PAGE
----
Câmara’s campaign did not go quite as planned.  Yes, the Integralists managed to bulldoze down those shacks and shanties and move their inhabitants into the city. But once there, the folks they uprooted were reeling from the forced relocation and without jobs to support themselves.

Backed into this Câmara-made corner, they did what they had to in order to survive: they pulled the electric fittings and water taps out of their new abodes and sold them. Others moved their families out onto the streets and sublet their apartments so that they could have money to buy food.

Câmara’s campaign was a complete and total failure!

What this campaign DID succeed in doing was bringing Câmara face-to-face with the poorest of Brazil’s poor for the very first time. And he was forever changed by it. Out of this experience he left the Integralist Party and began to preach about “unjust structures of poverty” and how the Church needed to work not just for the people but with the people.

This is the perspective he took with him when he was appointed archbishop of Olinda and Recife, a particularly impoverished area of the country.

He gave up all the usual trappings of that office – a literal palace to live in, bright colored robes to wear, all manner gold jewelry with which to “bling himself”; instead, he chose instead to live a life of radical solidarity with the poor. He took up residence in a small house behind a church, wore only a brown cassock and a wooden cross around his neck, and ate his meals at a bar on a corner surrounded by constructions workers and alcoholics.

As it so happens, the same year that Câmara was appointed archbishop, a fascist military dictatorship took over the Brazilian government. Câmara observed that under their rule the poor began to suffer even more than before.

In response, he instituted a variety of social programs to help meet the basic material and spiritual needs of the masses living in poverty in his archdiocese. He initiated feeding programs and various housing projects. He established a consistent campaign of charity and for the needy.  He even advocated for industry to move into that area of the country to create jobs with which people could support their families.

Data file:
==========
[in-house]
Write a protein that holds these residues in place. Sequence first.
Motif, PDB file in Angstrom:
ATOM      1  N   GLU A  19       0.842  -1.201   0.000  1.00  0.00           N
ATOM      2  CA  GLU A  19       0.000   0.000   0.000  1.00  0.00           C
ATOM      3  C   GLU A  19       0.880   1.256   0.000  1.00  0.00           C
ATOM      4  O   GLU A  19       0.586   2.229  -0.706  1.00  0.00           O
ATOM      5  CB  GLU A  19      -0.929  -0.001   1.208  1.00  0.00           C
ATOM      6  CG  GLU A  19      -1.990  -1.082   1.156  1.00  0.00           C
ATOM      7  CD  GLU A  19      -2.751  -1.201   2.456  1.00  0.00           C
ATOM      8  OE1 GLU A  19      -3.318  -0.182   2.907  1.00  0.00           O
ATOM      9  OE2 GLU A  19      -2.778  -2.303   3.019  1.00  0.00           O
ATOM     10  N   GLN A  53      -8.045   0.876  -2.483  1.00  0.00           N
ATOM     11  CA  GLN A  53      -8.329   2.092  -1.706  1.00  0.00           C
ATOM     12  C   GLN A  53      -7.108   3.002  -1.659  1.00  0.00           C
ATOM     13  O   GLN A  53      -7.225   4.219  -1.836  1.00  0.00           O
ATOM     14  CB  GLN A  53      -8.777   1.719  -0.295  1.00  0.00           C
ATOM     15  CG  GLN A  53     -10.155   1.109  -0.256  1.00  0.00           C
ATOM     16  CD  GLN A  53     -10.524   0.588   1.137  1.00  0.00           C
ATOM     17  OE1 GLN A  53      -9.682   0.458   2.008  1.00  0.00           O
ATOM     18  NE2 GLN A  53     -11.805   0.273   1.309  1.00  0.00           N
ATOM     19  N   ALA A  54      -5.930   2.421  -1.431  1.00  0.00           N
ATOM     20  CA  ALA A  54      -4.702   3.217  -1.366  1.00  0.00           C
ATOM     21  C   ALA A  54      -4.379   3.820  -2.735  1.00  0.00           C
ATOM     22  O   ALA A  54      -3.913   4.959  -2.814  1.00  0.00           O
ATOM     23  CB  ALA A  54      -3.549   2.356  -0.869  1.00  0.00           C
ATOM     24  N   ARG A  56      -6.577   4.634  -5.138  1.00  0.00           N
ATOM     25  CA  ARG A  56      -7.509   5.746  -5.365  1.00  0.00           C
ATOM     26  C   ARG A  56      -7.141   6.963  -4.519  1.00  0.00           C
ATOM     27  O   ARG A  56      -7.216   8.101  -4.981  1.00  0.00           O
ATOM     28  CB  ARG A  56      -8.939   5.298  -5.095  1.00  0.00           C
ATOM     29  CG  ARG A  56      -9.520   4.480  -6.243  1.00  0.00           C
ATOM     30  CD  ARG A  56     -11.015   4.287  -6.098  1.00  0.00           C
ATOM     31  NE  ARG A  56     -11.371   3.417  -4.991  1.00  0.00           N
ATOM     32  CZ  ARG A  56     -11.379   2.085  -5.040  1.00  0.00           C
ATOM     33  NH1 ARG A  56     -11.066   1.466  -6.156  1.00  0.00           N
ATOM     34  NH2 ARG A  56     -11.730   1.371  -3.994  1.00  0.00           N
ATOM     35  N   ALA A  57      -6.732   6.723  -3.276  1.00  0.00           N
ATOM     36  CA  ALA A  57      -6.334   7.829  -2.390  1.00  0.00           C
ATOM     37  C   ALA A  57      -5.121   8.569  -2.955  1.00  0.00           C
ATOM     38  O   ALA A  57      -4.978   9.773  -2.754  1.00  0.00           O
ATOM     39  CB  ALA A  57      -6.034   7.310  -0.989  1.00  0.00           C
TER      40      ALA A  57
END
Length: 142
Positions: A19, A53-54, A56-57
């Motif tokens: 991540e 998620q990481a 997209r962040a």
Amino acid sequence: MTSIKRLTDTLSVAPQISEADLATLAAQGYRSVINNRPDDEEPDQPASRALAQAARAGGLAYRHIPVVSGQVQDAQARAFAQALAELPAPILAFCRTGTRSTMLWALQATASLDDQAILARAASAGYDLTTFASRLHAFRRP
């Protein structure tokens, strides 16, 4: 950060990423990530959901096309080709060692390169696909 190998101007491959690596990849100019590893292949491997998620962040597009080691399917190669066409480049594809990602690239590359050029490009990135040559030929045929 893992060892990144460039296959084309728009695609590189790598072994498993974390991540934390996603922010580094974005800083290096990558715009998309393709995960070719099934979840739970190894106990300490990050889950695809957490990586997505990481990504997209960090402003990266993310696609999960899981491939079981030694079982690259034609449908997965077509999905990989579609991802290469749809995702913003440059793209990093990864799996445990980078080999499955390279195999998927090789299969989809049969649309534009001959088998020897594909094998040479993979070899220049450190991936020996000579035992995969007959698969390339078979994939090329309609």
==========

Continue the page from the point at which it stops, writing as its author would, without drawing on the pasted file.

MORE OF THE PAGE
At the same time as he worked to alleviate the suffering of the poor, Câmara also became an outspoken critic of the regime. In weekly radio broadcasts, he would speak in favor of governmental reform and against what was going on.

While he started his ministry as the enemy of the poor, Câmara was later dubbed the “bishop of the slums” for all the work he did on their behalf.  While this ministry engendered a great deal of love among the common people, among those in power it engendered a great deal of hate.

At first, Câmara was simply blacklisted. He was labeled a communist by the regime and censors forbade the media from interviewing or quoting him. Every Sunday in the pulpit though, he persisted in publicly agitating for reform. His sermons were described by those who heard them as “lyrical cries for social justice.”

Then one day, Câmara opened the door of his little house to find a man standing there – a hired killer with his gun drawn. “I have come to assassinate you,” he announced matter-of factly.

Câmara responded, “Then you will send me straight to the Lord.”

Astounded by this reply, the assassin – himself from the impoverished classes – lowered his gun and let loose his tears. “I can’t kill you,” he sobbed, “You belong to God.”

Câmara proved unflappable even at gunpoint.  By the way, Câmara did die at a later point…at the age of 90 of old age.

[From “Bishop of the Slums,” Hillside Community Church,]

It’s not often we get the opportunity to say this, but that assassin was RIGHT! Bishop Hélder Câmara belonged to God. He was a true follower of Jesus.  

He did all he could to pay his tab.  But even this godly man knew that the Lord paid Câmara’s tab for everything that had been done.

When we ponder the salvation that the Lord offers each of us, some common reactions might be:

  • To feel embarrassed;
  • To feel indifferent;
  • To feel uncomfortable;
  • To feel disbelieving and unworthy;
  • To feel love and grateful!

May each of us cling to and understand that our tab, our sins have already been paid.  And the Lord is the one who did it.